Eric Carbajal goes fishing Sunday mornings on San Diego Bay-something he's been doing regularly for at least seven years. If the fish are big enough, he'll consider making them a meal, but he usually tosses them back. He worries that the bay might be too polluted.
Other fishermen he encounters-mostly Latinos and Filipinos from nearby neighborhoods-don't seem to notice the beer cans floating in and out with the tide. Nor do these fishermen seem concerned with the Navy ships and oil tankers that cruise by, churning up dirty water in their wake.
They tell Carbajal, "If the fish are still alive, the water must not be that bad."
Last year, he got a call from someone with the Environmental Health Coalition, an organization that keeps an eye on industry's effects on low-income neighborhoods, who told Carbajal that he and his family risk toxic contamination if they eat bay fish.
"I couldn't believe what they were telling me," he said. "Everyone knows the bay's polluted, but I didn't know it was that bad."
The person from EHC told Carbajal about studies of San Diego Bay dating back to the late '80s showing high concentrations of mercury, copper, zinc, lead, chlordane, fuel oil, PCBs and other toxins in the bay's sediment.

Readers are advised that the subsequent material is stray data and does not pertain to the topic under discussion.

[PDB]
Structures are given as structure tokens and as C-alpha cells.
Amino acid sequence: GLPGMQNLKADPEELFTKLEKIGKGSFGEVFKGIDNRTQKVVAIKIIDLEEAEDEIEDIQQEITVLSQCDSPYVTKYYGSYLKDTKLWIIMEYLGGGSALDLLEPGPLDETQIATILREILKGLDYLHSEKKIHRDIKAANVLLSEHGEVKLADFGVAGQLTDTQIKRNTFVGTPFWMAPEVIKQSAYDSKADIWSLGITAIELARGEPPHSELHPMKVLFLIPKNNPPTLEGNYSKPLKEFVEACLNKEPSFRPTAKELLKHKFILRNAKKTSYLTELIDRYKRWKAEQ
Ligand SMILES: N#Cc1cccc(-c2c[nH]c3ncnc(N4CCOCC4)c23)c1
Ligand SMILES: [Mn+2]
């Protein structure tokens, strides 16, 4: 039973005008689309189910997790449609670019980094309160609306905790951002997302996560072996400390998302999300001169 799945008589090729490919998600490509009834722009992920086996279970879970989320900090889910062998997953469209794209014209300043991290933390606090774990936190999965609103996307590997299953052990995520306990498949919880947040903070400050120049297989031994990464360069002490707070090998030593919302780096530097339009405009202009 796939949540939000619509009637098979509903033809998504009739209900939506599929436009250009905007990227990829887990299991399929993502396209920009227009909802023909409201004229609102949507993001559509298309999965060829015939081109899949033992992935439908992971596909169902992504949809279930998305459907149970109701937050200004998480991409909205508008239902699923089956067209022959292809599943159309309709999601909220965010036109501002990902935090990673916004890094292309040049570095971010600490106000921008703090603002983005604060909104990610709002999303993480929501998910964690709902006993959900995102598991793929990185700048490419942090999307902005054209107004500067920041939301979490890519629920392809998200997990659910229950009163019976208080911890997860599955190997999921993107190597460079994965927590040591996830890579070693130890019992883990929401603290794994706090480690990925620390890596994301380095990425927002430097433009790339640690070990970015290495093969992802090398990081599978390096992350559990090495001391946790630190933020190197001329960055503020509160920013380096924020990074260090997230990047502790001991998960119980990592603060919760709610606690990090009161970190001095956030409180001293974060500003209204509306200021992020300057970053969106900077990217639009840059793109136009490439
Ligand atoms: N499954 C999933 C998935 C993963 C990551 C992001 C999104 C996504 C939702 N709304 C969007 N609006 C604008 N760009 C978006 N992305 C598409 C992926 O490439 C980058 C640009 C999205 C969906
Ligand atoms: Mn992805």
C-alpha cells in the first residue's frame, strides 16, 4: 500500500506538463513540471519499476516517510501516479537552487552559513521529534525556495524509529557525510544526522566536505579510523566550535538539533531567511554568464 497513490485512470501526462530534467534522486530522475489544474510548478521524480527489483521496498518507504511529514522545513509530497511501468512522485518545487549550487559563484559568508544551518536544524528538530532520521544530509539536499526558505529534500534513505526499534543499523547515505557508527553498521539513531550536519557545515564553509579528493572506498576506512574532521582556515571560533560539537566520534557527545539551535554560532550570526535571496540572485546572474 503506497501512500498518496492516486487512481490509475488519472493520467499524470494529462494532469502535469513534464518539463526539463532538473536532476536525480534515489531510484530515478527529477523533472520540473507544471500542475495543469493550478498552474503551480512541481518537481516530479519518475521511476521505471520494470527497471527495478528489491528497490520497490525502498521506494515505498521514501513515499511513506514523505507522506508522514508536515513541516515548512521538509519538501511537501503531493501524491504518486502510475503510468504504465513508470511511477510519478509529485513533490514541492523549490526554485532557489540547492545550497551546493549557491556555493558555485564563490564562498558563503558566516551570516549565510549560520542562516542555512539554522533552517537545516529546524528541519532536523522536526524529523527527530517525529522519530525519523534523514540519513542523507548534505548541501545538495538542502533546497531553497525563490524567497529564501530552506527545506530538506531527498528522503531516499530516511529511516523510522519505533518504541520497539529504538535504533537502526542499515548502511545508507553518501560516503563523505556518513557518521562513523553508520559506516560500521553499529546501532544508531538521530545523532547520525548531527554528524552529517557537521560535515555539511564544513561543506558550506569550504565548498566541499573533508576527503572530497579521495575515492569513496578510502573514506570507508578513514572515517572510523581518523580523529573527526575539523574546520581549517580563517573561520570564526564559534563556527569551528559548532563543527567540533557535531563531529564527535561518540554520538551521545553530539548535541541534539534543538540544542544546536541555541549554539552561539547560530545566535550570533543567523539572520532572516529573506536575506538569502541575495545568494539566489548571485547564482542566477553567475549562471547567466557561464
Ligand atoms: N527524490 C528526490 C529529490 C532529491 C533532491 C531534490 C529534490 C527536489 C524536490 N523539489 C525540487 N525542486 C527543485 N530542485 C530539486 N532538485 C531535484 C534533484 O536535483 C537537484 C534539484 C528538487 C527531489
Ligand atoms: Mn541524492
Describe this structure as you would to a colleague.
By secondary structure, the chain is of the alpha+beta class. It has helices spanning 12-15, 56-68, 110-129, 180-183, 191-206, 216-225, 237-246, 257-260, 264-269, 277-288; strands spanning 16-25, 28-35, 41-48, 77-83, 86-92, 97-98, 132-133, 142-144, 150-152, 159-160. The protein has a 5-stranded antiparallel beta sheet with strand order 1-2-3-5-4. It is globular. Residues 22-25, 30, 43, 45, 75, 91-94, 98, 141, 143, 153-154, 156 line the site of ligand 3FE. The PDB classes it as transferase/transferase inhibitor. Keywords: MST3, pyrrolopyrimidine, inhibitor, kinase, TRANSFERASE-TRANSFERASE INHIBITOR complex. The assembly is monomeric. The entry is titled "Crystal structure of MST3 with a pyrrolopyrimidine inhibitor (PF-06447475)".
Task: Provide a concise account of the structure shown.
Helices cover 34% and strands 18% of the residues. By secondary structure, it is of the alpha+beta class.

The most recent study, ordered by regional water-quality authorities, shows particularly high levels of contamination in sediment around two shipyards adjacent to one of Carbajal's favorite fishing spots.
Toxins in the sediment there pose a significant threat to aquatic life and human health, according to officials with the San Diego Regional Water Quality Control Board. But the shipyards-National Steel and Shipbuilding Company (NASSCO) and Southwest Marine-say otherwise. They argue that while the sediment may be polluted, the toxicity levels are within the same range as other areas around the bay and don't pose any additional risk to people or marine life.